Screening is an important part of routine medical care. Screening means checking a seemingly healthy person for signs of hidden disease. It is routinely done for various types of cancer, heart disease, diabetes, and other chronic conditions.
Common cancer screening tests include:
- mammogram for breast cancer
- PSA test for prostate cancer
- colonoscopy for colon cancer
- Pap smear for cervical cancer
Screening makes sense when finding and treating a hidden condition will prevent premature death or burdensome symptoms. But it doesn’t make sense when it can’t do either. That’s why experts recommend stopping screening in older individuals, especially those who aren’t likely to live another five or 10 years.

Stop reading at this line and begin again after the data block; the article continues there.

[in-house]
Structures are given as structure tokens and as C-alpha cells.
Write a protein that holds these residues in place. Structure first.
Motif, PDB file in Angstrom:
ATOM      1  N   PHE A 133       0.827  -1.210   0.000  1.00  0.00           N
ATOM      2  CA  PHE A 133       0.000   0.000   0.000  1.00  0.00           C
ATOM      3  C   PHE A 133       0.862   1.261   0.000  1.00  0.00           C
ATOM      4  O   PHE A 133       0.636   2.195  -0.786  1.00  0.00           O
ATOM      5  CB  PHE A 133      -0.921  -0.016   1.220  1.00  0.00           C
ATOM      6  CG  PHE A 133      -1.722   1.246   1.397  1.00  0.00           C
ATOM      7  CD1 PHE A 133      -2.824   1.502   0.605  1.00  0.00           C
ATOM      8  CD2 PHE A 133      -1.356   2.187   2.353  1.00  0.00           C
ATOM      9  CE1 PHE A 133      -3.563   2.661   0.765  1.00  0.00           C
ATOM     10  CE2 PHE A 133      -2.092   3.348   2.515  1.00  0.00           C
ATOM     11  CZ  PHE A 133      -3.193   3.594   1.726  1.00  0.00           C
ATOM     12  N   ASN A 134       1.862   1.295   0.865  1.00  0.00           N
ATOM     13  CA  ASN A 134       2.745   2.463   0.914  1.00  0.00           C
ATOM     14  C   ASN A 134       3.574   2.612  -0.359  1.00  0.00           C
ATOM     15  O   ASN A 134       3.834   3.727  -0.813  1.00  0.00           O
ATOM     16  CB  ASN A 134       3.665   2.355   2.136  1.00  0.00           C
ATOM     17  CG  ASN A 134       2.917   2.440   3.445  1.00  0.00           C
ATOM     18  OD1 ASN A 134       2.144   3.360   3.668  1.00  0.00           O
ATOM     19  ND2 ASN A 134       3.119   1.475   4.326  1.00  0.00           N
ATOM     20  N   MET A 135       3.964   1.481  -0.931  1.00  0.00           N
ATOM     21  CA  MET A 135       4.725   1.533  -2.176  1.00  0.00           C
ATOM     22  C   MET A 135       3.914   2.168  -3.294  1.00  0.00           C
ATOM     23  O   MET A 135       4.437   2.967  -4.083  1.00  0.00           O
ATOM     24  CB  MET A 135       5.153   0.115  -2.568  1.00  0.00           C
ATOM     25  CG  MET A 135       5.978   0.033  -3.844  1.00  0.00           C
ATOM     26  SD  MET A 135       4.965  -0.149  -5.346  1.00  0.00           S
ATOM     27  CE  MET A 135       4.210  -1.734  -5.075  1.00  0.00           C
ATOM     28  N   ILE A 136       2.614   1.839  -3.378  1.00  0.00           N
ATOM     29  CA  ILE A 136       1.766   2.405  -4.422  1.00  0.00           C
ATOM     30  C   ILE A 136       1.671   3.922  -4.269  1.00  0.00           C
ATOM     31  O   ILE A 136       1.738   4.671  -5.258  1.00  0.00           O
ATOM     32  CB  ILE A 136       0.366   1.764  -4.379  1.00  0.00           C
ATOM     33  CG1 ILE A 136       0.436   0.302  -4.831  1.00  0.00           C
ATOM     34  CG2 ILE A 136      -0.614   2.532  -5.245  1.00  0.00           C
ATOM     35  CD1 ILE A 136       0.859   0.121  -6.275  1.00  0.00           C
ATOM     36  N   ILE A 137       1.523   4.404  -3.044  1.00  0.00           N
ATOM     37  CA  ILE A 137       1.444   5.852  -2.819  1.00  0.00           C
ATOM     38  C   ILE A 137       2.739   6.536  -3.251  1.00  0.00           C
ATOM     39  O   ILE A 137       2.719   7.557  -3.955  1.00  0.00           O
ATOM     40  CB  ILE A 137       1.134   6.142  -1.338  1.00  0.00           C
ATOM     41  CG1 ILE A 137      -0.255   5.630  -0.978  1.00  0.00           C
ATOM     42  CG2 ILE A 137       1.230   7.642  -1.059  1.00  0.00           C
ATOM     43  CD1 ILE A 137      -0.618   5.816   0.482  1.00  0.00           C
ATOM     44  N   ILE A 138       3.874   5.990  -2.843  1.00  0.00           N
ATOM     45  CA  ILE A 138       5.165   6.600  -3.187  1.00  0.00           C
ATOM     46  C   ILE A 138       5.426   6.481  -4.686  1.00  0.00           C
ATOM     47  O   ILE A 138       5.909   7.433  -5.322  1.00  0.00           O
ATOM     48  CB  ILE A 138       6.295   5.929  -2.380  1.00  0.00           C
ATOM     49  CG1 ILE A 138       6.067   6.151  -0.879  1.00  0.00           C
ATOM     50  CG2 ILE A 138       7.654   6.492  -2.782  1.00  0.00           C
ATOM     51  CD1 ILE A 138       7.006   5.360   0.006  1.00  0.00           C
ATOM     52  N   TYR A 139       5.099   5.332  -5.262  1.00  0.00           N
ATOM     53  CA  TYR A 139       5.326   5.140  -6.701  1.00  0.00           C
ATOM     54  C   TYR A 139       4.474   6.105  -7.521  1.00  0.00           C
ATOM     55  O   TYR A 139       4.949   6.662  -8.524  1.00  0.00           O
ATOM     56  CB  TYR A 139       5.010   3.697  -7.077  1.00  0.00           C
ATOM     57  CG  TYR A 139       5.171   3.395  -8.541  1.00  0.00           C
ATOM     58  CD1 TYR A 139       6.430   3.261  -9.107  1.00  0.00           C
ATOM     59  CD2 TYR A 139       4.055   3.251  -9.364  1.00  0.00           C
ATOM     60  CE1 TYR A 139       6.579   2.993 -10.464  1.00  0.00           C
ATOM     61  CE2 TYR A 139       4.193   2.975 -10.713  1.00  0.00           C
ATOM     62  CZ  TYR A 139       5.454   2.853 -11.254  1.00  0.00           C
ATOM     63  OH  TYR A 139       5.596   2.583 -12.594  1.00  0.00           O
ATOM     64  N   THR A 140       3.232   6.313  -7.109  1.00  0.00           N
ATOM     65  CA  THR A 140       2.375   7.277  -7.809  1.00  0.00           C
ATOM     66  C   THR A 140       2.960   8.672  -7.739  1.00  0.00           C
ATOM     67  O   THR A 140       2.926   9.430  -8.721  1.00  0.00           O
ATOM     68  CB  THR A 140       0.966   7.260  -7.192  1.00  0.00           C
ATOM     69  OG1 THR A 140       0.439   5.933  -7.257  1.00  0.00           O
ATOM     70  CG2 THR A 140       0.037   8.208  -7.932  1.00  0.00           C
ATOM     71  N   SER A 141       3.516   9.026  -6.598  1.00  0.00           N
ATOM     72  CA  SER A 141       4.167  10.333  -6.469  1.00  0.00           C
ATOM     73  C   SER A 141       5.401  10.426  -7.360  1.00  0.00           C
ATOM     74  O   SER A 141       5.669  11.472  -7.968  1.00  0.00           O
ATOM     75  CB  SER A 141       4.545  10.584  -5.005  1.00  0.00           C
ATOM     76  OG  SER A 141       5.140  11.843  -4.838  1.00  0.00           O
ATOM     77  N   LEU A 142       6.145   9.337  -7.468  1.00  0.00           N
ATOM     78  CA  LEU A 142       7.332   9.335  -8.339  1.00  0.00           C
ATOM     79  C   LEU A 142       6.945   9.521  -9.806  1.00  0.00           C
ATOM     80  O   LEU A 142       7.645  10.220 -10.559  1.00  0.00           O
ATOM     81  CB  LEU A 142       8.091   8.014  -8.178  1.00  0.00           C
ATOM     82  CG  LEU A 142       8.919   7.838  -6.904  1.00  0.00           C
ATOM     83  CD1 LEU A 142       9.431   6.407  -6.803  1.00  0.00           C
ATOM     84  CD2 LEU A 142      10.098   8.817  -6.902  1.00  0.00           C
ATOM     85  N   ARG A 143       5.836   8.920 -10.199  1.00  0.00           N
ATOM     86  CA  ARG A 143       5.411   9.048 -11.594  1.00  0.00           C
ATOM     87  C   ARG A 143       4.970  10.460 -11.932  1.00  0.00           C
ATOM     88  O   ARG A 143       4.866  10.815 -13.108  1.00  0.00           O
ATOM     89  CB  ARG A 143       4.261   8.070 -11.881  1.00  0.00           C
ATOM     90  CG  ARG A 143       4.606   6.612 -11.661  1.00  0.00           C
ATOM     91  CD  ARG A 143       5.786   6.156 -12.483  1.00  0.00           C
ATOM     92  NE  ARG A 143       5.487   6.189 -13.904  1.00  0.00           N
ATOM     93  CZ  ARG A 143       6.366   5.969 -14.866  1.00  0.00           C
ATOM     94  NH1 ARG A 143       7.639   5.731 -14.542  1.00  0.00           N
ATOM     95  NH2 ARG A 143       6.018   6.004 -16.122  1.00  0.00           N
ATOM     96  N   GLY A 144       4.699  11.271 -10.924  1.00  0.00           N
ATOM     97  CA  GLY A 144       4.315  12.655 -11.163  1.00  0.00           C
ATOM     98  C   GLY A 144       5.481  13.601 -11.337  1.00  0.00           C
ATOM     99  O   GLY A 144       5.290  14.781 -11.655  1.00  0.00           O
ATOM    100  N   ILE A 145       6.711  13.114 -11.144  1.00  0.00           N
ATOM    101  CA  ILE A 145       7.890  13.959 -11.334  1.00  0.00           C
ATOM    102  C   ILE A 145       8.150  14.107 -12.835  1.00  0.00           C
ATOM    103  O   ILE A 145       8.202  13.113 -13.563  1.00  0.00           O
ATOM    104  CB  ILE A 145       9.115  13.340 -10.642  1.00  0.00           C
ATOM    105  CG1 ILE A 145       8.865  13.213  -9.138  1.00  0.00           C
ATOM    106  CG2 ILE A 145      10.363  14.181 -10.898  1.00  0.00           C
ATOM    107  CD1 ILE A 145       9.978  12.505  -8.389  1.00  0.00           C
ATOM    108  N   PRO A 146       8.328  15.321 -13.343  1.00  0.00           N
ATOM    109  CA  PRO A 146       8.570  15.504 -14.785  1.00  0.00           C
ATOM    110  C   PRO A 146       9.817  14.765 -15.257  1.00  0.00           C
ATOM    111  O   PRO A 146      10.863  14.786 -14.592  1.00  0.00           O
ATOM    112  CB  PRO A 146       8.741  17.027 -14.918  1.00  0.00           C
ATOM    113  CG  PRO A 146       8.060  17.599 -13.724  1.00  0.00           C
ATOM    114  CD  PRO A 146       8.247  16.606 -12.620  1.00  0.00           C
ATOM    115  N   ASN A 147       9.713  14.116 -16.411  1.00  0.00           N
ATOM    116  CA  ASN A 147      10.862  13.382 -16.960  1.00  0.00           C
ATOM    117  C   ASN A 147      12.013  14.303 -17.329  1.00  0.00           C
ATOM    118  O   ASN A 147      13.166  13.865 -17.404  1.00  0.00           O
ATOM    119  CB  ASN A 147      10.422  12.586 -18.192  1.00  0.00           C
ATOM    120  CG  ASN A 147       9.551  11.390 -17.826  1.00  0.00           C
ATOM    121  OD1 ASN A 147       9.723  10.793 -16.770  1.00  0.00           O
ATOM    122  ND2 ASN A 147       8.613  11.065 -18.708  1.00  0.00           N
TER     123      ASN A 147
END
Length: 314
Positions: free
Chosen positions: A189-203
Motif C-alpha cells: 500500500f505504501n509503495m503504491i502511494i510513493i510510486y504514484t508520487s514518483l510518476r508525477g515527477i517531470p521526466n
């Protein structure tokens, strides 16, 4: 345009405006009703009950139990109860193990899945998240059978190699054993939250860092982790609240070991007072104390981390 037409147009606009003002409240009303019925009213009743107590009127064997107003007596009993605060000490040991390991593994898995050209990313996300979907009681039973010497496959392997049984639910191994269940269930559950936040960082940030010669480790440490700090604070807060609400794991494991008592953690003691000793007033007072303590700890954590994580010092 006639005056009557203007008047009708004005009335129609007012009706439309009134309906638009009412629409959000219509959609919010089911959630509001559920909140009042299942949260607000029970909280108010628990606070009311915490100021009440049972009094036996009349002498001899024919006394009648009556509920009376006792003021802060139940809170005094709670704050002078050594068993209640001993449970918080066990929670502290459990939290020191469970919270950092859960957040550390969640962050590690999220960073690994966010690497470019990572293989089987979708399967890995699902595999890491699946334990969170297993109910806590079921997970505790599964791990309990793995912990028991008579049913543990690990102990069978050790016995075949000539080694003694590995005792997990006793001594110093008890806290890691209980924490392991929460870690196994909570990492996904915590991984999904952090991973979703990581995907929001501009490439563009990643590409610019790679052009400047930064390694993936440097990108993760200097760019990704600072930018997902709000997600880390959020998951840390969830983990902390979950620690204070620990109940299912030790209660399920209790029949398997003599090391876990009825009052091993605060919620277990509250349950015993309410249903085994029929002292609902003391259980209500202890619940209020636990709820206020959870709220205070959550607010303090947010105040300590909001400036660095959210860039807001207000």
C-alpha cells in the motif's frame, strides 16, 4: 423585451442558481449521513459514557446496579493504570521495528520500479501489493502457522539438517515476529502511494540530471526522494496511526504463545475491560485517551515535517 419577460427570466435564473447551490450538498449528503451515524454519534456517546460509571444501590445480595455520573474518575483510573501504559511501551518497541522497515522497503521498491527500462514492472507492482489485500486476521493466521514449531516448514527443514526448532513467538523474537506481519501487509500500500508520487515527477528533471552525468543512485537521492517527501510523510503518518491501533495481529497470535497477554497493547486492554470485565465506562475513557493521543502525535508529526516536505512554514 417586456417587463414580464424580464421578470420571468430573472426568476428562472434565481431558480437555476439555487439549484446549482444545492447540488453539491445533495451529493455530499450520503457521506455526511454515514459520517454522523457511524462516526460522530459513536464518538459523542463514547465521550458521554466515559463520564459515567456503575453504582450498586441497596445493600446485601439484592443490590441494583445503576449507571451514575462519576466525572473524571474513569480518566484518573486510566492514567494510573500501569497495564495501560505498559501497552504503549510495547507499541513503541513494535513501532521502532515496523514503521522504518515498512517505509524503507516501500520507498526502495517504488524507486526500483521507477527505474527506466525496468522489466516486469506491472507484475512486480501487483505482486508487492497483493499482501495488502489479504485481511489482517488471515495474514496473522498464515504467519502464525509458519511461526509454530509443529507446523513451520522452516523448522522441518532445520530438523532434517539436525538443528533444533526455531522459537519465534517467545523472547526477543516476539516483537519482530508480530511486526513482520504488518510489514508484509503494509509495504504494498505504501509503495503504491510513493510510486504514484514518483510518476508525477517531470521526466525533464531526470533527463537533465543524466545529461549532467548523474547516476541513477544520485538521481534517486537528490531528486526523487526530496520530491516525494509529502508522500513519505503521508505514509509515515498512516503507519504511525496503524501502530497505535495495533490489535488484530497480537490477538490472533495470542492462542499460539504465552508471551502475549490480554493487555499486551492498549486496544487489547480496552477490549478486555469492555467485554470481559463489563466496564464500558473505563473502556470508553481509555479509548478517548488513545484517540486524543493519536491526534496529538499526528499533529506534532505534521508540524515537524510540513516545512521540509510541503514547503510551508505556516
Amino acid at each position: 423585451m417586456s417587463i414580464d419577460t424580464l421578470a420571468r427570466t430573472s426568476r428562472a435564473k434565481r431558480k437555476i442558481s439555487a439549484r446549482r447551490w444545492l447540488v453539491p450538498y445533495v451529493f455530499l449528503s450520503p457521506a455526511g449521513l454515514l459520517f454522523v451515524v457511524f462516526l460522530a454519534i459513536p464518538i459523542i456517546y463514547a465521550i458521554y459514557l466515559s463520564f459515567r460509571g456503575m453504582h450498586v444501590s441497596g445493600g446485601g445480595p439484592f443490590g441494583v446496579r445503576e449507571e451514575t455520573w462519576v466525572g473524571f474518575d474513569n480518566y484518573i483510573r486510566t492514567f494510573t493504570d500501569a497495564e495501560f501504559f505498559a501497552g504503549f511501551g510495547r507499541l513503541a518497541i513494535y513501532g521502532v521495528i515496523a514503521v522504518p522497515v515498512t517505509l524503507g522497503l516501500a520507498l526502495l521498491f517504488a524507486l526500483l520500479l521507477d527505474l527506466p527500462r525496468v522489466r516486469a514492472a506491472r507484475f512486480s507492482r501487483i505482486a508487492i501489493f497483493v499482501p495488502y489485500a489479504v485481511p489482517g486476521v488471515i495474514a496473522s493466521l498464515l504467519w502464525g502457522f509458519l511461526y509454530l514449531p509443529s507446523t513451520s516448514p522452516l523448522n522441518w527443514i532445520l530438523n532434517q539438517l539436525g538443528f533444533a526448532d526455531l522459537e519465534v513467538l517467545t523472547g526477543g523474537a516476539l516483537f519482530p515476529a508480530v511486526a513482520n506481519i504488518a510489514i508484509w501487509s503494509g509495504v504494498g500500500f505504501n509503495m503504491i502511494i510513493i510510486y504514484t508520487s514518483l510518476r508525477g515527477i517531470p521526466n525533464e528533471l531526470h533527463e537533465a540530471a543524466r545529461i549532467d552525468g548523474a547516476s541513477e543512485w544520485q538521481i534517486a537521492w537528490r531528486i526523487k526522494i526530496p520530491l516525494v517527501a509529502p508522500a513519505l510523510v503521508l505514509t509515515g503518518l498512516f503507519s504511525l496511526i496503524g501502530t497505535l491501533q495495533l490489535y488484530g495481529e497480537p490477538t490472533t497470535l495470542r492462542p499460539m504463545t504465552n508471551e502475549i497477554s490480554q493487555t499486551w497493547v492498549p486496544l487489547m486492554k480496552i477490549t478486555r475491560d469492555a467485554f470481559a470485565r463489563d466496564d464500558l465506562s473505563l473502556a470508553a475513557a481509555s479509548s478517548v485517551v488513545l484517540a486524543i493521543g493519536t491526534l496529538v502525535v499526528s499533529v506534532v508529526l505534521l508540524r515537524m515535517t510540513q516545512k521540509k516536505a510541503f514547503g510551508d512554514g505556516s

Yet an article published online in JAMA Internal Medicine shows that many doctors still recommend cancer screening tests for their older patients. Many don’t benefit, and some are even harmed by the practice.
A team from the University of North Carolina, Chapel Hill, looked at cancer screening tests among 27,000 men and women over age 65 who took part in the National Health Interview Survey. They also ranked the participants by risk of dying in the next nine years based on their health.
Among individuals with the highest risk of dying within nine years, many had undergone cancer screening in the two years before the interview. More than half of the men in this group had a PSA test to check for hidden prostate cancer. The screening rates were 41% for colorectal cancer, 37% for breast cancer, and 31% for cervical cancer. MORE